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How do you really feel?

Emotions aren't good or bad, they are what our body uses to help us understand.

They alert us to feelings of stress or anxiety, helping us make the decision to slow down or re-explore our options.

They can help remind us about what we need, a hug, a recharge, alone time...

They are the tools our body uses to bring our brain's attention to something. When you are experiencing strong feelings step back a moment and try to determine how you are really feeling, what your emotions are trying to tell you.


Emotions aren't always that easy to understand. We can cry when we are sad and we can cry when we are happy. We can feel angry when we are actually just hungry or tired. Many adults still struggle with understanding what the emotions are really telling them, so you can imagine how much of a struggle it can be for kids to understand their emotions.

Expressing how we feel is not only important to acknowledge our emotions ourselves but also to help children learn how to express how they feel. Showing them you understand them is another great way to help them learn to express their feelings. "I can see that you are sad about that and I am sorry that is how you are feeling."

Emotions can be complicated and it isn't always easy to talk about them with kids. The Emotional Animal Alphabet series was created with the help of kids so the situations and the feelings are very relatable. The books allow kids to connect and be able to share their feelings when something similar happened to them.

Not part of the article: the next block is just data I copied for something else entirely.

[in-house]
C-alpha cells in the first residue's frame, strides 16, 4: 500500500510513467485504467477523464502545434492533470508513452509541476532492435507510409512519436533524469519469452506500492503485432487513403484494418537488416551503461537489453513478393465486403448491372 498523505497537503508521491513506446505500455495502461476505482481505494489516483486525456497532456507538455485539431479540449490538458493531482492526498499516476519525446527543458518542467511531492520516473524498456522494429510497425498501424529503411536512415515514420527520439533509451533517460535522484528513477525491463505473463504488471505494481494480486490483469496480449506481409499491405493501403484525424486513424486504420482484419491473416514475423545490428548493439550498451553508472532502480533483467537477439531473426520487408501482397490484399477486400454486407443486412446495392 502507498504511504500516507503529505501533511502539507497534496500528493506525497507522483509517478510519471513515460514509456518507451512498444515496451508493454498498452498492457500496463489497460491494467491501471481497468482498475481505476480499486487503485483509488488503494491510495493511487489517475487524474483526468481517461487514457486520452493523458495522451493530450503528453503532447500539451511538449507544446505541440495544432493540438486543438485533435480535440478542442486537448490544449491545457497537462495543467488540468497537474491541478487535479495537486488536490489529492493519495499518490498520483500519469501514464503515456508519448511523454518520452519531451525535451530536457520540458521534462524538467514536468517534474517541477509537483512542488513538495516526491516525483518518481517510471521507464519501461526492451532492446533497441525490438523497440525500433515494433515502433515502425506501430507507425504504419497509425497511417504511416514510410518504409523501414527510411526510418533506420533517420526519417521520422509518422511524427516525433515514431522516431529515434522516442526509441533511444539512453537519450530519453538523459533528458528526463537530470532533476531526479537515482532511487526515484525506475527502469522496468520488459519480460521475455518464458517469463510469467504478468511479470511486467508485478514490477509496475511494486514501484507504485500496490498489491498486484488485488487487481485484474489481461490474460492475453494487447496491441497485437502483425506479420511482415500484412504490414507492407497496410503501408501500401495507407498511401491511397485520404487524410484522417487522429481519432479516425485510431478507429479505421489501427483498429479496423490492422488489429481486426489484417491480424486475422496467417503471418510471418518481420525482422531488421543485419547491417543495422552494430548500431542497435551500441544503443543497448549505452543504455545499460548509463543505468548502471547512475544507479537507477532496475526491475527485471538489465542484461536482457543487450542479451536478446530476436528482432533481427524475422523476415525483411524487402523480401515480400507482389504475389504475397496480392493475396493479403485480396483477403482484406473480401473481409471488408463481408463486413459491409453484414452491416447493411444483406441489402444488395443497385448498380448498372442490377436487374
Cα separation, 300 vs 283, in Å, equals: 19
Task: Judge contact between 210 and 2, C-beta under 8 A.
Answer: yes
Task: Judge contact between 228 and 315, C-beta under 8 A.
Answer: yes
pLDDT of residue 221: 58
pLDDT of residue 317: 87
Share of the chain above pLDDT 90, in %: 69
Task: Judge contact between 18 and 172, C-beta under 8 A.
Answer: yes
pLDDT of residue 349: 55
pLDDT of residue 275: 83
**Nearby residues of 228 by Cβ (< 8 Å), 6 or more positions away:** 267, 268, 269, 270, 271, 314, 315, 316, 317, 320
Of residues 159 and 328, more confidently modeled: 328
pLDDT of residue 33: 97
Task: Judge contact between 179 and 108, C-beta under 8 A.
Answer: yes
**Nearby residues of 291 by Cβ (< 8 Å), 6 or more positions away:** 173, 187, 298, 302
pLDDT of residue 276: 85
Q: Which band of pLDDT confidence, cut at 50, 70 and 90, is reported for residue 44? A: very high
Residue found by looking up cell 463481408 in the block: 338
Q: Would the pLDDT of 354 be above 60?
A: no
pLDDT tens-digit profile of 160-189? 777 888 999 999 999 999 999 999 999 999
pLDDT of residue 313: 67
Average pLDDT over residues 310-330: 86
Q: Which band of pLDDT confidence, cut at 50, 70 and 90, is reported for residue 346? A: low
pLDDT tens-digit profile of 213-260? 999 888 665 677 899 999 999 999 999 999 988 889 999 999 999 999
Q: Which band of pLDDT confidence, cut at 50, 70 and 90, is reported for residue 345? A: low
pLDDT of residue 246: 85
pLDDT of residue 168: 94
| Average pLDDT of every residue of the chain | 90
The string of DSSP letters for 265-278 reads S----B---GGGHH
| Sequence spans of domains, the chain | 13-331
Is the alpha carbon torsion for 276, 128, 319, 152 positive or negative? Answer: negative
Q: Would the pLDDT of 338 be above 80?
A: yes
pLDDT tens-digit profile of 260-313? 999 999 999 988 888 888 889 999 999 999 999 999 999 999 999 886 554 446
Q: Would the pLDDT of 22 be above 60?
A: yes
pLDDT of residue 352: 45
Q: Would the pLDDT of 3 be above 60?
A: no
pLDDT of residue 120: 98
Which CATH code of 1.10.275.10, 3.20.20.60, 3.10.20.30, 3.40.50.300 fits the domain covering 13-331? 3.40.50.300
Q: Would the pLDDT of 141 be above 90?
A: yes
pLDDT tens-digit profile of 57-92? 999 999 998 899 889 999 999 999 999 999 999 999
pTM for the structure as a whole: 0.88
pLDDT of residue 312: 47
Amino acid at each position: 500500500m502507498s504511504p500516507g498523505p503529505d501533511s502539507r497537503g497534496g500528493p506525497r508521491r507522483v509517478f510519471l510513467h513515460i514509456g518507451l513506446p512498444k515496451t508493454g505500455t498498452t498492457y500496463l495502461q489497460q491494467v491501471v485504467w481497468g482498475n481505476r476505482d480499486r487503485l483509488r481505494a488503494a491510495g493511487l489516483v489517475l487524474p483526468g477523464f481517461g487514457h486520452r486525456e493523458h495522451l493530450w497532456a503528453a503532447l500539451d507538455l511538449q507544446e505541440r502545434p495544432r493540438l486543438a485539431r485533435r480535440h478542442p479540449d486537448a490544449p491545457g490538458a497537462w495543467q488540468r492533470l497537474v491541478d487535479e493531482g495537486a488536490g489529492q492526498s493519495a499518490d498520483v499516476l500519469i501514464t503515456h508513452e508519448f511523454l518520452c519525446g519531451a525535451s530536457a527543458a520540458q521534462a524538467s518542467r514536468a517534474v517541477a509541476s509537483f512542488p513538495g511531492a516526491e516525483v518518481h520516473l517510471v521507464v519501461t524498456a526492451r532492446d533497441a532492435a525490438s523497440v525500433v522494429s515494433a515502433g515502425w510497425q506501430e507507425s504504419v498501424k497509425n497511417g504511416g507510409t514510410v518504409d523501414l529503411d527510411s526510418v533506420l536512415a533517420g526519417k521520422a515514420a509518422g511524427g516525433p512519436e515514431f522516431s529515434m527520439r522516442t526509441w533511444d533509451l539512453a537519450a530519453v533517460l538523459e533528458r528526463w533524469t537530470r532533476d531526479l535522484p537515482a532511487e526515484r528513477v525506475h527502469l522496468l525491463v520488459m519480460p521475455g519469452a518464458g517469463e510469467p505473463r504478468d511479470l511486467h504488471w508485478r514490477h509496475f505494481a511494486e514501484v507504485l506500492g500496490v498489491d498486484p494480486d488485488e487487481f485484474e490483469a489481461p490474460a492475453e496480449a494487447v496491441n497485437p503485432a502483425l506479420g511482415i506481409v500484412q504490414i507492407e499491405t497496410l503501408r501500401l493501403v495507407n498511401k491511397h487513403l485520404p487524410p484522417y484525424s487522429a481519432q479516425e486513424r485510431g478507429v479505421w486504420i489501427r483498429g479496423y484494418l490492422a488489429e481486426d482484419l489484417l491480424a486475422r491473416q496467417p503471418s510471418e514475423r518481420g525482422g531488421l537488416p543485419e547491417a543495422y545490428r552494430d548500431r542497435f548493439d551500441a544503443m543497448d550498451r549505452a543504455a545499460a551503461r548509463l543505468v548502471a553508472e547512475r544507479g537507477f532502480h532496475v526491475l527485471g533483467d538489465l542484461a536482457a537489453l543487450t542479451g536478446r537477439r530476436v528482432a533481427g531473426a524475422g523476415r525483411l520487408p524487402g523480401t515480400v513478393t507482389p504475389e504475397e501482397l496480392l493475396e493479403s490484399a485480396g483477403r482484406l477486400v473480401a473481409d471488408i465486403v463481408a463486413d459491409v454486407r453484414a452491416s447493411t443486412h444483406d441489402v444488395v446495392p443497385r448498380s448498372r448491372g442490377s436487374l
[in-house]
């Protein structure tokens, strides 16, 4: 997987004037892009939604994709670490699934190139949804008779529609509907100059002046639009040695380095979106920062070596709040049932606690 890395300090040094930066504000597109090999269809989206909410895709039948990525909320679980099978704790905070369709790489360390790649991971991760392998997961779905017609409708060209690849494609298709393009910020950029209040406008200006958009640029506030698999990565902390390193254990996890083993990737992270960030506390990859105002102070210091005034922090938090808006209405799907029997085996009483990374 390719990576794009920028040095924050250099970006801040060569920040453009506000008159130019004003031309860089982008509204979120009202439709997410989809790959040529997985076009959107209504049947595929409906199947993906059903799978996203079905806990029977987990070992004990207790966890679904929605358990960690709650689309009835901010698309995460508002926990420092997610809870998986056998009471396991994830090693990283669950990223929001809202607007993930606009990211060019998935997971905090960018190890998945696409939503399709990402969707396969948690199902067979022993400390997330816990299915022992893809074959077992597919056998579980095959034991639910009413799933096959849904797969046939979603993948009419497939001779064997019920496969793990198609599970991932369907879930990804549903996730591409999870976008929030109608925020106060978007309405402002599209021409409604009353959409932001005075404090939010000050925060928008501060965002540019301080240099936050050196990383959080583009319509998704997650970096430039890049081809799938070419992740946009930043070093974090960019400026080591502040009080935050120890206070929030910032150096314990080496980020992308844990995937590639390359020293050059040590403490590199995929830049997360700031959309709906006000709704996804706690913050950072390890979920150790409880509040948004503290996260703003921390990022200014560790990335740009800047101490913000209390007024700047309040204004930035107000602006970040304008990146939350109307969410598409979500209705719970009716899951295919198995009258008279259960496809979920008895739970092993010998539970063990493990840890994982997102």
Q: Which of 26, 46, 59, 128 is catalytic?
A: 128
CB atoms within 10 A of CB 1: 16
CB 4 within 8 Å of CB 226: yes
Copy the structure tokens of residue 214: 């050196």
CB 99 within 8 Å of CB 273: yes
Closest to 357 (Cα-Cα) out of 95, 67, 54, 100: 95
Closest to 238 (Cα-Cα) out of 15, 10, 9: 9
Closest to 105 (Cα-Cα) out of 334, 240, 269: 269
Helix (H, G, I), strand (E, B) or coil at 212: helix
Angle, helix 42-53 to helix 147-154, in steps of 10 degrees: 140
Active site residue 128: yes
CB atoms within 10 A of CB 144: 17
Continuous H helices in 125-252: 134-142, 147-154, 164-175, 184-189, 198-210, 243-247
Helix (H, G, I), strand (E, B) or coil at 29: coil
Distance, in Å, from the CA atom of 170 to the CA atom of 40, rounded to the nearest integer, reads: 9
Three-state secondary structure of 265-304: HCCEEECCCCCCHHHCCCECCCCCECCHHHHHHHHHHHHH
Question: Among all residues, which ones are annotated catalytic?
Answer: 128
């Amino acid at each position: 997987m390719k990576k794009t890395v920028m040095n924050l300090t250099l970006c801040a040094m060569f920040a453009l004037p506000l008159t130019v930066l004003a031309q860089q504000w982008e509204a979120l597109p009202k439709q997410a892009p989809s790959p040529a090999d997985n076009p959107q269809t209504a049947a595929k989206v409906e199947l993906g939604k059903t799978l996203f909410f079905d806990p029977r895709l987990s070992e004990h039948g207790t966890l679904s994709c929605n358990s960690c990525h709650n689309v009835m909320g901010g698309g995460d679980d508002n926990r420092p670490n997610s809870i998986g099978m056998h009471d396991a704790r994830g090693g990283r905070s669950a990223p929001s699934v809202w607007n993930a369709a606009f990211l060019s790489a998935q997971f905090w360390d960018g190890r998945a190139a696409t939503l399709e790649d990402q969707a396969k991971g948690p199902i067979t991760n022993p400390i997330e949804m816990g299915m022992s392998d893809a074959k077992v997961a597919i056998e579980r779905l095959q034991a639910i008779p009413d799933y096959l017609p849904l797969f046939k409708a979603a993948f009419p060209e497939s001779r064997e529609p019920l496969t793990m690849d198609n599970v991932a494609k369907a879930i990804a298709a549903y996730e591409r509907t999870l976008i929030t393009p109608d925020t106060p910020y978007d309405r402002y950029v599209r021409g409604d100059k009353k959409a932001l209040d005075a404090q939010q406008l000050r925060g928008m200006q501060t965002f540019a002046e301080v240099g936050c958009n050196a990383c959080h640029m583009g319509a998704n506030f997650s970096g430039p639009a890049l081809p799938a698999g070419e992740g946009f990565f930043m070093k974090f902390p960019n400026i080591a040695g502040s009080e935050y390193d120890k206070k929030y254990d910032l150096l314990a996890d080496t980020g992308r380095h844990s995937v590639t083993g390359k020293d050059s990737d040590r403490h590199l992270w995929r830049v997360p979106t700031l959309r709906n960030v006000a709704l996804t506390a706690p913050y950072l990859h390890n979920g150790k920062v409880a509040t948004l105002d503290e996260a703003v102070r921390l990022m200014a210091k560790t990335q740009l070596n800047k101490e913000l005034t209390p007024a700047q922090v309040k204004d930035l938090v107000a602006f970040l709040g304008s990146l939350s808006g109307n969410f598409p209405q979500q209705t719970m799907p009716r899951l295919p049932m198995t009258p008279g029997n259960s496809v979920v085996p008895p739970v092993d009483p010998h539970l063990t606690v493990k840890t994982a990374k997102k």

These books have proven to inspire conversation about emotions felt by the character, and by the reader themselves.

"These are amazing books, the kids absolutely LOVE them!! Danica has them all lined up along her top bunk♡ she puts herself in every story and never fails to discuss that valuable lesson tucked inside each and every book♡"

All 26 books are available individually or as a set through the Quite a Character bookstore

Empathy Elephant is a good one to start the conversation about understanding emotions.



Self-regulation isn't about hiding feelings, it is about managing feelings so that they don't overwhelm and interfere with daily life. Feelings are important, big feelings are okay to have but it is important to learn to understand what the feelings are telling us about what we need.

Kids need to know that what they feel is valid (even if it isn't how we would react). Then, they need to be taught to dig deeper into how they are feeling to understand what that emotion is telling them about what they need.

Outbursts from children, and sometimes adults, are often due to not understanding what we really need. And when we aren't getting what we need our reactions are not easily dealt with.

For example if we have had a frustrating day at work, we aren't being made to feel that what we are doing is important, and then someone cuts us off in traffic - our immediate response is frustration and anger - because it is adding to the feelings of unimportance.

A child obviously doesn't have the same traffic scenario, but they may feel unimportant if you have been busy on the phone, or doing the dishes, or caring for a sick sibling. Their outburst could be because they just need a hug and a little bit of attention to confirm that they are important. Their reaction is not because you are doing something wrong, it is because they are needing something and they don't know how to understand that need or express it properly.

Be sure to talk about emotions, to use words that children can mimic to help express themselves, and to look deeper at the emotions to help you and them understand what they really mean.


"We try so hard to hide everything we’re really feeling from those who probably need to know our true feelings the most. People try to bottle up their emotions, as if it’s somehow wrong to have natural reactions to life."

Colleen Hoover


It is important to learn some tools to help us recognize, understand and deal with our feelings. Check out the blog post Feeling Anxious for tips to deal with anxiety.

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